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The Rising Burgh: 1560 to 1770s

Buildings and Cityscape

Places of Worship

By W Hamish Fraser

Defence of the Cathedral It was protests from the city's craftsmen which prevented the Cathedral being demolished in the aftermath of the Reformation. In 1579 Andrew Melville, the University Principal, and the magistrates got so far as employing workmen to raze it to the ground before being halted by the protests of the incorporated trades . For some time after 1560 it remained the only place of worship and in a poor state. But in the 1590s the building was divided into three separate churches. The west wing became the Outer High Church, the nave and choir became the Inner High Church, and the crypt became the Barony Church. The Barony's most famous minister was Zachary Boyd who survived the difficult times from 1623 until 1653.

Blackfriars Church The College Church, or the Church of the Blackfriars, was on the east side of the High Street near the College. Until 1763 it acted as college chapel. An earlier Church had been destroyed by fire in 1666 and the new one was built on the site in 1699. The Tron or Laigh Kirk dated from 1484 and was badly damaged at the Reformation, "purged of alterages", but it was gradually restored in the 1590s with the steeple and clock added in 1637. Just outside the town's boundary, in what was to become Ingram Street, the North-West Church was built in 1720 with John Anderson, the grandfather of the founder of the Andersonian Institute, as minister. This was the first Ramshorn Church, named after the lands on which it was built. Further east in St Andrew's Square, St Andrew's Church was built between 1739 and 1756 on the model of St Martin's-in-the-Field in London.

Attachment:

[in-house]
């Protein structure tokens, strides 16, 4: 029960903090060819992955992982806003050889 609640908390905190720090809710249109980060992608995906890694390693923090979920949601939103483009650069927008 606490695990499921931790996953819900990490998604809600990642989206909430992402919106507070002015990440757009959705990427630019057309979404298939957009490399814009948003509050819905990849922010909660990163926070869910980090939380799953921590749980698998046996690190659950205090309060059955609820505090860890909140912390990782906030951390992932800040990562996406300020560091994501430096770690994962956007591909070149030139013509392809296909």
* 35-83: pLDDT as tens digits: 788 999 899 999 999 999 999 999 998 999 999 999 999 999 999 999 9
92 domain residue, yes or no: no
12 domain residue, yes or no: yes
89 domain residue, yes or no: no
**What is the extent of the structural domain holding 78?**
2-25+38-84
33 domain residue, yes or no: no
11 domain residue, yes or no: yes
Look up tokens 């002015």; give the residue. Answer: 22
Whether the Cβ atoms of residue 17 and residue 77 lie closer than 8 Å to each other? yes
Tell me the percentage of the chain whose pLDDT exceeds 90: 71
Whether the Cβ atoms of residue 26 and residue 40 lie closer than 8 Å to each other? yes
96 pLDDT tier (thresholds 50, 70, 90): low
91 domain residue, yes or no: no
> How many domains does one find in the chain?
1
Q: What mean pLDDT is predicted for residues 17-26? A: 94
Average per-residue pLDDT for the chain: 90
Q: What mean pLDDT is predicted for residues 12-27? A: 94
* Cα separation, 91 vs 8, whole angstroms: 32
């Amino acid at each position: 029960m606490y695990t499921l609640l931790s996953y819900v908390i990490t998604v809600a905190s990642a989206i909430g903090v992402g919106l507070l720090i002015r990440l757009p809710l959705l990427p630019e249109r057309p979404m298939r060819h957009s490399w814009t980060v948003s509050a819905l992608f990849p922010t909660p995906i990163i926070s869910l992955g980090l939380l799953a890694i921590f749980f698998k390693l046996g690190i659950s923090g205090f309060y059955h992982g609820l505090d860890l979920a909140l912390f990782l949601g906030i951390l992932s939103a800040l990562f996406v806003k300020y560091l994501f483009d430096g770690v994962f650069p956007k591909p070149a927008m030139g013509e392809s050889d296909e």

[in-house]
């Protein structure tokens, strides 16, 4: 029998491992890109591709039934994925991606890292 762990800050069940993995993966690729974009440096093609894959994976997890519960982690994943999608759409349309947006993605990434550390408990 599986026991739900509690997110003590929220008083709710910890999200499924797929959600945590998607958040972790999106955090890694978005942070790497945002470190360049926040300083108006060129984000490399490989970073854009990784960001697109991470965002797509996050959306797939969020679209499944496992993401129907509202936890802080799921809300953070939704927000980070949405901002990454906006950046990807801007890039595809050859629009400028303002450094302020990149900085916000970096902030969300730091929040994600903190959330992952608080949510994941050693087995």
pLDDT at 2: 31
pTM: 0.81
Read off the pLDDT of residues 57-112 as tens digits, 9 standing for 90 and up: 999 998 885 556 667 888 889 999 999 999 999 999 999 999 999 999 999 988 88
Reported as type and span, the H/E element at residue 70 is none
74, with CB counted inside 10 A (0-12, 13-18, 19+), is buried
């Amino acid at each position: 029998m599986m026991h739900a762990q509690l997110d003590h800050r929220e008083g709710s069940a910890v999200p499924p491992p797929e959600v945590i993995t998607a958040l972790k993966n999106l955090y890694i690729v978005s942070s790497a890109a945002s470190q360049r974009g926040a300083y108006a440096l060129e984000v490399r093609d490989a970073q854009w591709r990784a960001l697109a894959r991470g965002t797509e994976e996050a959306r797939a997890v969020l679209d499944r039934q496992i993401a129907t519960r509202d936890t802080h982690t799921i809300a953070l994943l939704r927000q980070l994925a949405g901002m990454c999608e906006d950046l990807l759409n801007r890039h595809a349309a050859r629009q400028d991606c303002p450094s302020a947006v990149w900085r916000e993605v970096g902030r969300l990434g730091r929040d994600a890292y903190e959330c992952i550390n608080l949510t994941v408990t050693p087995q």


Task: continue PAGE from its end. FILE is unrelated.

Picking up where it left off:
St. Andrew's-by-the-Green At different times there would have been a number of meeting places for secessionists and dissenters. It was, for example, Presbyterians, who objected to Bishops, who built the Wynd Church in 1687. Episcopalians had a chapel, which later became St Andrew's-by-the-Green, from 1750. From the 1740s the Society of Friends, or Quakers, had a meeting house in Stirling Street and the Associated Burghers, a session from the Church of Scotland, met in Shuttle Street. A handful of Catholics met, usually secretly, in a room in Saltmarket Street.

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